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⮪ BG 13.11 Bhagwad Gita Sri Shankaracharya BG 13.13⮫

Bhagavad Gita Chapter 13 Verse 12

भगवद् गीता अध्याय 13 श्लोक 12

अध्यात्मज्ञाननित्यत्वं तत्त्वज्ञानार्थदर्शनम्।
एतज्ज्ञानमिति प्रोक्तमज्ञानं यदतोन्यथा।।13.12।।

English Translation - Swami Sivananda

13.12 Constancy in Self-knowledge, perception of the end of true knowledge this is declared to be knowledge, and what is opposed to it is ignorance.

English Translation of Sanskrit Commentary By Sri Shankaracharya's

13.12 Adhyatma-jnana-nityatvam, steadfastness in the knowledge of the Self: adhyatma-jnanam is the knowledge of the Self, etc.; constant dwelling in that is nityatvam. Tattva-jnanartha-darsanam, contemplating on the Goal of the knowledge of Reality: Tattva-jnanam is that (realization of Truth) which arises from the fruition of application to the disciplines like humility etc. which are the means to knowledge. Its Goal (artha) is Liberation, the cessation of mundane existence. Contemplation (darsana) on that is tattva-jnana-artha-darsanam. For, when one engages in contemplation on the result of the knowledge of Reality, one gets the urge to undertake the disciplines which are its means. Etat, this-those that have been stated from humility etc. to contemplation on the Goal of the knowledge of Reality; proktam, is spoken of; iti, as; jnanam, Knowledge, because they are meant to lead one to Knowledge. Ajnanam, ignorance; is yat, that which is; anyatha, other; atah, than this-what has been stated above. Contrarily, arrogance, pretentiousness, cruelty, revenge, insincerity, etc. are to be known as ignorance so that, since they are the cause of the origination of worldly existence, they can be avoided. To the estion as to what is to be known through the aforesaid Knowledge, the Lord says, I shall speak of that which is to be known, etc. Objection: Do not humility etc. constitute yama and niyama [See fn. on p. 239.-Tr.]? The Knowable is not known through them. For humility etc. are not seen to determine the nature of anything. Moreover, everywhere it is observed that whatever knowledge reveals its own object, that itself ascertains the nature of that object of knowledge (the knowable). Indeed, nothing else is known through a knowledge concerning some other object. As for instance, fire is not known through the knowledge of a pot. Reply: This is not a defect, for we have said that they are called Knowledge because they lead one to Knowledge, and because they are auxiliary causes of Knowledge.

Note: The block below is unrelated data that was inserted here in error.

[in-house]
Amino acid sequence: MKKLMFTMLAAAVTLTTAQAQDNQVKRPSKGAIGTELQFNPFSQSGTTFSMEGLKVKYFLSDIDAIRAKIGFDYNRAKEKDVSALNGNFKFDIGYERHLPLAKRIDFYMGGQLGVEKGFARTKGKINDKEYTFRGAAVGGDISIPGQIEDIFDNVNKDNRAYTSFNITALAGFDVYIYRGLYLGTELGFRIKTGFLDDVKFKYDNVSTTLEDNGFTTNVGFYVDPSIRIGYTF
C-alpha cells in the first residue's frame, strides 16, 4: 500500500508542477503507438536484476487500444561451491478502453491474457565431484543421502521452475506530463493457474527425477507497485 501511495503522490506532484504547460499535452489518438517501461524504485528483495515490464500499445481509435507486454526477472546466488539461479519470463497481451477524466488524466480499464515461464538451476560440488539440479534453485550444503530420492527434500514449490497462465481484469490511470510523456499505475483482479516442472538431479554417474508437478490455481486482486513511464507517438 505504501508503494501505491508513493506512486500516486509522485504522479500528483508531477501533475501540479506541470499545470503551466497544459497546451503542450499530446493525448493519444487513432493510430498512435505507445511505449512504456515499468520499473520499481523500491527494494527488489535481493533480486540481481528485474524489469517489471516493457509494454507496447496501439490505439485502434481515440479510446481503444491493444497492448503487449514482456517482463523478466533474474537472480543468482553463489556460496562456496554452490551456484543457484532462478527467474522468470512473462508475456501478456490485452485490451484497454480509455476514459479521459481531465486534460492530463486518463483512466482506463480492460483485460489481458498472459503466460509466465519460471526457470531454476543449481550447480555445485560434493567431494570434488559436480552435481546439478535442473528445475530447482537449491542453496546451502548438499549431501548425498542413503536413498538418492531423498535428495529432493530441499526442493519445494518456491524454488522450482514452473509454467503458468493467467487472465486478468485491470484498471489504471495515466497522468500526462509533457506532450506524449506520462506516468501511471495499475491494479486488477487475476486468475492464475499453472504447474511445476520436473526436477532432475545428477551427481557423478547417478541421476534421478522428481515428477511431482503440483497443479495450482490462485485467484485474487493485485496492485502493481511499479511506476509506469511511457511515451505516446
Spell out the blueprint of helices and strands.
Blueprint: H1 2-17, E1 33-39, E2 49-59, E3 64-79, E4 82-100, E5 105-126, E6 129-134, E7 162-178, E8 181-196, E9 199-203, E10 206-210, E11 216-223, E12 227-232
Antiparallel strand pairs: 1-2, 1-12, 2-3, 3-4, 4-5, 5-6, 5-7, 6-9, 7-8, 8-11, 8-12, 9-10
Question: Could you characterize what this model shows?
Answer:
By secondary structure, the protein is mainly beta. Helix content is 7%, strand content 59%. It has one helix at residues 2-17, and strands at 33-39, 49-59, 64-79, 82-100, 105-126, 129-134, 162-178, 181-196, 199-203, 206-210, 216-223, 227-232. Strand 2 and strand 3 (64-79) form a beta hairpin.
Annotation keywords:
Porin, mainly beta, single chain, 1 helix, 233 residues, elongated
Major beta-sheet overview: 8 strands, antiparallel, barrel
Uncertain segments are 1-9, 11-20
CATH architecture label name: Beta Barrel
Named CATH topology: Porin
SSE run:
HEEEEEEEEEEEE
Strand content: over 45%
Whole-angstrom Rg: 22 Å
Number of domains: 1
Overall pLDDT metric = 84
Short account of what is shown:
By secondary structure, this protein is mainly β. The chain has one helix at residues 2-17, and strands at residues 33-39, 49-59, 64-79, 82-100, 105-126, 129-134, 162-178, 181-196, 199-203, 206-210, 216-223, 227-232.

Transliteration Bhagavad Gita 13.12

Adhyaatma jnaana nityatwam tattwa jnaanaartha darshanam; Etajjnaanamiti proktam ajnaanam yadato’nyathaa.

Word Meanings Bhagavad Gita 13.12

amānitvam—humbleness; adambhitvam—freedom from hypocrisy; ahinsā—non-violence; kṣhāntiḥ—forgiveness; ārjavam—simplicity; āchārya-upāsanam—service of the Guru; śhaucham—cleanliness of body and mind; sthairyam—steadfastness; ātma-vinigrahaḥ—self-control; indriya-artheṣhu—toward objects of the senses; vairāgyam—dispassion; anahankāraḥ—absence of egotism; eva cha—and also; janma—of birth; mṛityu—death; jarā—old age; vyādhi—disease; duḥkha—evils; doṣha—faults; anudarśhanam—perception; asaktiḥ—non-attachment; anabhiṣhvaṅgaḥ—absence of craving; putra—children; dāra—spouse; gṛiha-ādiṣhu—home, etc; nityam—constant; cha—and; sama-chittatvam—even-mindedness; iṣhṭa—the desirable; aniṣhṭa—undesirable; upapattiṣhu—having obtained; mayi—toward Me; cha—also; ananya-yogena—exclusively united; bhaktiḥ—devotion; avyabhichāriṇī—constant; vivikta—solitary; deśha—places; sevitvam—inclination for; aratiḥ—aversion; jana-sansadi—for mundane society; adhyātma—spiritual; jñāna—knowledge; nityatvam—constancy; tat